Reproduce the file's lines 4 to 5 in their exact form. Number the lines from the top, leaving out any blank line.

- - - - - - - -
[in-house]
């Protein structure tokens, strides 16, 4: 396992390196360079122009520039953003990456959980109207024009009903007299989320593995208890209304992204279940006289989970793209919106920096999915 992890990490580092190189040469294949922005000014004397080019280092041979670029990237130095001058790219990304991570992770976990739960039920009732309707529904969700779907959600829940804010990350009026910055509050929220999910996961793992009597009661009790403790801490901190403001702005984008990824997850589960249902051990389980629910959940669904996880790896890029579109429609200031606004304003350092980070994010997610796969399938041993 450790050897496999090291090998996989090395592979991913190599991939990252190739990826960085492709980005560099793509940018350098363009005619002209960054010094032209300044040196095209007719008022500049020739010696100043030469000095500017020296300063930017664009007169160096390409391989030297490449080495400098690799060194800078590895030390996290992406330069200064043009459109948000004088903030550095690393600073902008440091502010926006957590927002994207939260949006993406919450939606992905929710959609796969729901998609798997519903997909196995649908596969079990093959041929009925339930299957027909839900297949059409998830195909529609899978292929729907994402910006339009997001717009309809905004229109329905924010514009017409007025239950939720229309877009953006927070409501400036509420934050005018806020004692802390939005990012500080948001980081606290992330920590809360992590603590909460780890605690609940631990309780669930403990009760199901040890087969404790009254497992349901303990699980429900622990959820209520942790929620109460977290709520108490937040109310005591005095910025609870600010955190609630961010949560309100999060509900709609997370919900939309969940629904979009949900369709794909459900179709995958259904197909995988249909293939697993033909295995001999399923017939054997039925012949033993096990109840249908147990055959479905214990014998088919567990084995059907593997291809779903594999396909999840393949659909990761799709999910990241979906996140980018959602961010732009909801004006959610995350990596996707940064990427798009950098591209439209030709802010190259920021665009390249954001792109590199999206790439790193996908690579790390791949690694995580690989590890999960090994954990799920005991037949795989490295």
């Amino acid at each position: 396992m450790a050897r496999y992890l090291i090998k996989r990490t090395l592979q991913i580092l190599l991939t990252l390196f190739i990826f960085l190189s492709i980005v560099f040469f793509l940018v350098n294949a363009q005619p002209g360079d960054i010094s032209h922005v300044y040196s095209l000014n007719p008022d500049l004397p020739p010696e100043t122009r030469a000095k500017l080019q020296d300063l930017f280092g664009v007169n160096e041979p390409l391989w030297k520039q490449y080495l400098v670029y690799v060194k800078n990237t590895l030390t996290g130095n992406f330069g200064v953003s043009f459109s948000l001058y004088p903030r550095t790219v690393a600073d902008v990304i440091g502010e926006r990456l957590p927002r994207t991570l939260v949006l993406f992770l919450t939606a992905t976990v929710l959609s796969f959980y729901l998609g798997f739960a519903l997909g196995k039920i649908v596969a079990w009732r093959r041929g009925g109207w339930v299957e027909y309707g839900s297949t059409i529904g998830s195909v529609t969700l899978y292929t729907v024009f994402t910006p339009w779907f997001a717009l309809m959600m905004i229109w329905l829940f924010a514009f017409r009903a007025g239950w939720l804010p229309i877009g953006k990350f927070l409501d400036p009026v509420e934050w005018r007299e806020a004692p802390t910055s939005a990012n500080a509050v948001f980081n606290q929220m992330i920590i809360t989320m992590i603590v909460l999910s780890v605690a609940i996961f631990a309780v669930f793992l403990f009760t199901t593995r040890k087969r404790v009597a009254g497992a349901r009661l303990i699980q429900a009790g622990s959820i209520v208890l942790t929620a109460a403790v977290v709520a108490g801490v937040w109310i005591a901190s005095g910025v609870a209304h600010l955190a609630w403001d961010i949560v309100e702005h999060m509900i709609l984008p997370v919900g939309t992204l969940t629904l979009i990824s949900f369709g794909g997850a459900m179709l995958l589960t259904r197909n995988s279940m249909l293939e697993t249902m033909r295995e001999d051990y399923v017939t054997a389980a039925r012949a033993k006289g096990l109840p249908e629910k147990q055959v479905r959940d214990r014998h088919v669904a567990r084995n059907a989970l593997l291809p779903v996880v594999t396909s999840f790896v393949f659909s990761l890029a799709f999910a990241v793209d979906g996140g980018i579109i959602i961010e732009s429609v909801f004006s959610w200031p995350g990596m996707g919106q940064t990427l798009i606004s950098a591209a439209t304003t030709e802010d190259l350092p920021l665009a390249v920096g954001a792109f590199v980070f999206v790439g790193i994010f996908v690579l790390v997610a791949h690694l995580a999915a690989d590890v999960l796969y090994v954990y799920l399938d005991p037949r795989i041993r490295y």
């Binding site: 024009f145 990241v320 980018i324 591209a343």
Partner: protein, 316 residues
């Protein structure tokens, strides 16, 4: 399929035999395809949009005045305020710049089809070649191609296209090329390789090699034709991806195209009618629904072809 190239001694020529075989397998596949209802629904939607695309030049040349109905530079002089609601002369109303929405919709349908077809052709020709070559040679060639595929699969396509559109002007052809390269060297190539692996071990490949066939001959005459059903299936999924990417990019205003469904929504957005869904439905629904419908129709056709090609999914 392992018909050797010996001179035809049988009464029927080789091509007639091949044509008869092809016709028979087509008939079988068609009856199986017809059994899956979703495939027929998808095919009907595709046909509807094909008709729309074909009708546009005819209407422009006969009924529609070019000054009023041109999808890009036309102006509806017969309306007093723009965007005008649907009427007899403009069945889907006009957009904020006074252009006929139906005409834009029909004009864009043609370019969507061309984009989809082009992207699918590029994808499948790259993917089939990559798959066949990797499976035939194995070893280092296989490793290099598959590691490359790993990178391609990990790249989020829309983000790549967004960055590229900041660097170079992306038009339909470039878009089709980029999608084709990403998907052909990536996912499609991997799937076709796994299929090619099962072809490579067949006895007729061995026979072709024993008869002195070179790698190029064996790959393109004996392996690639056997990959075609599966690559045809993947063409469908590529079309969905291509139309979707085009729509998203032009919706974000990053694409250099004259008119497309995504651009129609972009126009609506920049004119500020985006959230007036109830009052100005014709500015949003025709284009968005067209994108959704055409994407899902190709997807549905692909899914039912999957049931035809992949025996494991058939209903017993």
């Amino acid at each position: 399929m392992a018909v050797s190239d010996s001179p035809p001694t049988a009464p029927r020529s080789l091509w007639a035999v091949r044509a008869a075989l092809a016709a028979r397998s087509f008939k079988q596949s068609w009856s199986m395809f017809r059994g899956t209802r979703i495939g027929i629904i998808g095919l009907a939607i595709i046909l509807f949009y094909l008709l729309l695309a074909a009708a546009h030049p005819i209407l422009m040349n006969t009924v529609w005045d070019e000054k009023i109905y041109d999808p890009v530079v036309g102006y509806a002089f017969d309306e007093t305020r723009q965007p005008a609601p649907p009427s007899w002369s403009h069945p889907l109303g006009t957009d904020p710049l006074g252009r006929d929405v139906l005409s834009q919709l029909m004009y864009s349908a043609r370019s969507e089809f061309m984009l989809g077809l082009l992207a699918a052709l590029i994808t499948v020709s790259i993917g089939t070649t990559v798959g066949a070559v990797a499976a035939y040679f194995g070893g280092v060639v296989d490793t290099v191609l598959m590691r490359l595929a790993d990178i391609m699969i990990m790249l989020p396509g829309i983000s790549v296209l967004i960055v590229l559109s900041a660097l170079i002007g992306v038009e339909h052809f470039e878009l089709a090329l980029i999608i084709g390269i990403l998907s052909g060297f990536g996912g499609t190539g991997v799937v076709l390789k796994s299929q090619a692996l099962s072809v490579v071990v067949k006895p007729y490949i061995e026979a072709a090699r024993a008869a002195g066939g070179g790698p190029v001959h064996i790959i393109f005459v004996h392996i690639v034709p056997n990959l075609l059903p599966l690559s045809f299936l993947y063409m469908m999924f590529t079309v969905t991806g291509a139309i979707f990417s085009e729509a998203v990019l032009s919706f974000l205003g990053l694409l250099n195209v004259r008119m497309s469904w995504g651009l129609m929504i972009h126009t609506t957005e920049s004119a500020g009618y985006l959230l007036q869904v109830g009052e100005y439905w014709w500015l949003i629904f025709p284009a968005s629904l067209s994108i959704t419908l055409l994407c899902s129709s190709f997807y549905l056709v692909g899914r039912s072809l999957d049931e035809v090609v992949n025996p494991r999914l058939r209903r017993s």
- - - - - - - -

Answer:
């Binding site: 024009f145 990241v320 980018i324 591209a343």
Partner: protein, 316 residues